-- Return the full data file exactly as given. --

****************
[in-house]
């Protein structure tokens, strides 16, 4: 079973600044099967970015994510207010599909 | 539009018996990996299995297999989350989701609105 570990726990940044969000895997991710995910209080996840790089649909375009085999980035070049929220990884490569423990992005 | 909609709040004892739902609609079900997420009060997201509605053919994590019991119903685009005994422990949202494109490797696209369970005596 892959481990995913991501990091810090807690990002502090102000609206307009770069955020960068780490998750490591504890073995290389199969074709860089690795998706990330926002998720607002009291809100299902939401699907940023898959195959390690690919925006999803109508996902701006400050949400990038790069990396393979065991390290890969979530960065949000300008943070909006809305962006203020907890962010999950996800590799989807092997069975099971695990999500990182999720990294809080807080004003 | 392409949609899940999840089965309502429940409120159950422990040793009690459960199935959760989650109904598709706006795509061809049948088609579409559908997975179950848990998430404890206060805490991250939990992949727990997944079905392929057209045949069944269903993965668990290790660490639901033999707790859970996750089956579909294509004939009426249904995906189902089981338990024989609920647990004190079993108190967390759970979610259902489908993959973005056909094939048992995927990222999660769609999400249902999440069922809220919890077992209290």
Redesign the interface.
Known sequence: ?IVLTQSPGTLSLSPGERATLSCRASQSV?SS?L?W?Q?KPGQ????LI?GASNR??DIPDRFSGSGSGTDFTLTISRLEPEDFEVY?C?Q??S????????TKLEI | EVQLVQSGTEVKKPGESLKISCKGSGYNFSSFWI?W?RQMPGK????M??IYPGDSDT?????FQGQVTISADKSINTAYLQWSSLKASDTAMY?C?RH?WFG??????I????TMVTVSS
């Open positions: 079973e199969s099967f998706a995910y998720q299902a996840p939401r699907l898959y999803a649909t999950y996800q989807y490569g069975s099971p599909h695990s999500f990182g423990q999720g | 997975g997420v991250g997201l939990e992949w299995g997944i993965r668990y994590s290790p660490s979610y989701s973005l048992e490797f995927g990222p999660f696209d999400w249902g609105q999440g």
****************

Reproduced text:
[in-house]
């Protein structure tokens, strides 16, 4: 079973600044099967970015994510207010599909 | 539009018996990996299995297999989350989701609105 570990726990940044969000895997991710995910209080996840790089649909375009085999980035070049929220990884490569423990992005 | 909609709040004892739902609609079900997420009060997201509605053919994590019991119903685009005994422990949202494109490797696209369970005596 892959481990995913991501990091810090807690990002502090102000609206307009770069955020960068780490998750490591504890073995290389199969074709860089690795998706990330926002998720607002009291809100299902939401699907940023898959195959390690690919925006999803109508996902701006400050949400990038790069990396393979065991390290890969979530960065949000300008943070909006809305962006203020907890962010999950996800590799989807092997069975099971695990999500990182999720990294809080807080004003 | 392409949609899940999840089965309502429940409120159950422990040793009690459960199935959760989650109904598709706006795509061809049948088609579409559908997975179950848990998430404890206060805490991250939990992949727990997944079905392929057209045949069944269903993965668990290790660490639901033999707790859970996750089956579909294509004939009426249904995906189902089981338990024989609920647990004190079993108190967390759970979610259902489908993959973005056909094939048992995927990222999660769609999400249902999440069922809220919890077992209290």
Redesign the interface.
Known sequence: ?IVLTQSPGTLSLSPGERATLSCRASQSV?SS?L?W?Q?KPGQ????LI?GASNR??DIPDRFSGSGSGTDFTLTISRLEPEDFEVY?C?Q??S????????TKLEI | EVQLVQSGTEVKKPGESLKISCKGSGYNFSSFWI?W?RQMPGK????M??IYPGDSDT?????FQGQVTISADKSINTAYLQWSSLKASDTAMY?C?RH?WFG??????I????TMVTVSS
């Open positions: 079973e199969s099967f998706a995910y998720q299902a996840p939401r699907l898959y999803a649909t999950y996800q989807y490569g069975s099971p599909h695990s999500f990182g423990q999720g | 997975g997420v991250g997201l939990e992949w299995g997944i993965r668990y994590s290790p660490s979610y989701s973005l048992e490797f995927g990222p999660f696209d999400w249902g609105q999440g």